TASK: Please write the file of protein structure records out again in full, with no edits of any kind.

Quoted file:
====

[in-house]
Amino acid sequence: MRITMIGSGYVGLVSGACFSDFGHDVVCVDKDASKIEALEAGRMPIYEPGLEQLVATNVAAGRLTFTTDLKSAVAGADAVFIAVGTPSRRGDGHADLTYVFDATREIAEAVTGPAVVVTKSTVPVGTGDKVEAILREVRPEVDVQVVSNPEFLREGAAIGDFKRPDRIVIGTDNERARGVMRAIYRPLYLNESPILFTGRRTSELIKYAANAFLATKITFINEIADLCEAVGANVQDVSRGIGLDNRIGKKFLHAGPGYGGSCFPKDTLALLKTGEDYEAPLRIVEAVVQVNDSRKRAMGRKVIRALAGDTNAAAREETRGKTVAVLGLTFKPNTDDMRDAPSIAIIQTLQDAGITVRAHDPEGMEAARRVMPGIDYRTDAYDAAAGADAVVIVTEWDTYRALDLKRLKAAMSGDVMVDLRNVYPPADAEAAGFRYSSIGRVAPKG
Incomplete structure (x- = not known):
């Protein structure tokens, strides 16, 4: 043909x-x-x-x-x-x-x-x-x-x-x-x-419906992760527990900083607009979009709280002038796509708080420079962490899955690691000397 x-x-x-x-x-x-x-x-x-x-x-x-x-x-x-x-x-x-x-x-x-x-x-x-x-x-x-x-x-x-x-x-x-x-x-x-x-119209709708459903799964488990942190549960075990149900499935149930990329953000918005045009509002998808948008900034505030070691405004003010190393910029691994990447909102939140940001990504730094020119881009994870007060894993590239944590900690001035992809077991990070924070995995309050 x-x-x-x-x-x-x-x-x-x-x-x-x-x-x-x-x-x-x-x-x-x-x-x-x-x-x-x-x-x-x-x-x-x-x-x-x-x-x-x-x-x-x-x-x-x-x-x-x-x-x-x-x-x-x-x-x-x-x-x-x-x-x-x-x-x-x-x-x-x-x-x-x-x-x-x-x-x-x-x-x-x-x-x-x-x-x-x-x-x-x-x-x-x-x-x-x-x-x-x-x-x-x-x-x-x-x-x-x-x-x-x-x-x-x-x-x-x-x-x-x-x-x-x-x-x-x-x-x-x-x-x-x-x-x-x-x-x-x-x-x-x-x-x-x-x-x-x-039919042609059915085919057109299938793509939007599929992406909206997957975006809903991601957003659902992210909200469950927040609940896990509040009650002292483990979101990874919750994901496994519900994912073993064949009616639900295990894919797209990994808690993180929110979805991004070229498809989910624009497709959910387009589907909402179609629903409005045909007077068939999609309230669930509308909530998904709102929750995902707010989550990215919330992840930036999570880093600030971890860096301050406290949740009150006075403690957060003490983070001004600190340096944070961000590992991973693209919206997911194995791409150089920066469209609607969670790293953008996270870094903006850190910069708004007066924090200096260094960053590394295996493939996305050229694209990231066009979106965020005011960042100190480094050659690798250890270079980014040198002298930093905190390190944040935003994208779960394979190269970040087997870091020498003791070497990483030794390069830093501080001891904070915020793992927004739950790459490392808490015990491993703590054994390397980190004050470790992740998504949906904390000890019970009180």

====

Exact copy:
[in-house]
Amino acid sequence: MRITMIGSGYVGLVSGACFSDFGHDVVCVDKDASKIEALEAGRMPIYEPGLEQLVATNVAAGRLTFTTDLKSAVAGADAVFIAVGTPSRRGDGHADLTYVFDATREIAEAVTGPAVVVTKSTVPVGTGDKVEAILREVRPEVDVQVVSNPEFLREGAAIGDFKRPDRIVIGTDNERARGVMRAIYRPLYLNESPILFTGRRTSELIKYAANAFLATKITFINEIADLCEAVGANVQDVSRGIGLDNRIGKKFLHAGPGYGGSCFPKDTLALLKTGEDYEAPLRIVEAVVQVNDSRKRAMGRKVIRALAGDTNAAAREETRGKTVAVLGLTFKPNTDDMRDAPSIAIIQTLQDAGITVRAHDPEGMEAARRVMPGIDYRTDAYDAAAGADAVVIVTEWDTYRALDLKRLKAAMSGDVMVDLRNVYPPADAEAAGFRYSSIGRVAPKG
Incomplete structure (x- = not known):
């Protein structure tokens, strides 16, 4: 043909x-x-x-x-x-x-x-x-x-x-x-x-419906992760527990900083607009979009709280002038796509708080420079962490899955690691000397 x-x-x-x-x-x-x-x-x-x-x-x-x-x-x-x-x-x-x-x-x-x-x-x-x-x-x-x-x-x-x-x-x-x-x-x-x-119209709708459903799964488990942190549960075990149900499935149930990329953000918005045009509002998808948008900034505030070691405004003010190393910029691994990447909102939140940001990504730094020119881009994870007060894993590239944590900690001035992809077991990070924070995995309050 x-x-x-x-x-x-x-x-x-x-x-x-x-x-x-x-x-x-x-x-x-x-x-x-x-x-x-x-x-x-x-x-x-x-x-x-x-x-x-x-x-x-x-x-x-x-x-x-x-x-x-x-x-x-x-x-x-x-x-x-x-x-x-x-x-x-x-x-x-x-x-x-x-x-x-x-x-x-x-x-x-x-x-x-x-x-x-x-x-x-x-x-x-x-x-x-x-x-x-x-x-x-x-x-x-x-x-x-x-x-x-x-x-x-x-x-x-x-x-x-x-x-x-x-x-x-x-x-x-x-x-x-x-x-x-x-x-x-x-x-x-x-x-x-x-x-x-x-039919042609059915085919057109299938793509939007599929992406909206997957975006809903991601957003659902992210909200469950927040609940896990509040009650002292483990979101990874919750994901496994519900994912073993064949009616639900295990894919797209990994808690993180929110979805991004070229498809989910624009497709959910387009589907909402179609629903409005045909007077068939999609309230669930509308909530998904709102929750995902707010989550990215919330992840930036999570880093600030971890860096301050406290949740009150006075403690957060003490983070001004600190340096944070961000590992991973693209919206997911194995791409150089920066469209609607969670790293953008996270870094903006850190910069708004007066924090200096260094960053590394295996493939996305050229694209990231066009979106965020005011960042100190480094050659690798250890270079980014040198002298930093905190390190944040935003994208779960394979190269970040087997870091020498003791070497990483030794390069830093501080001891904070915020793992927004739950790459490392808490015990491993703590054994390397980190004050470790992740998504949906904390000890019970009180």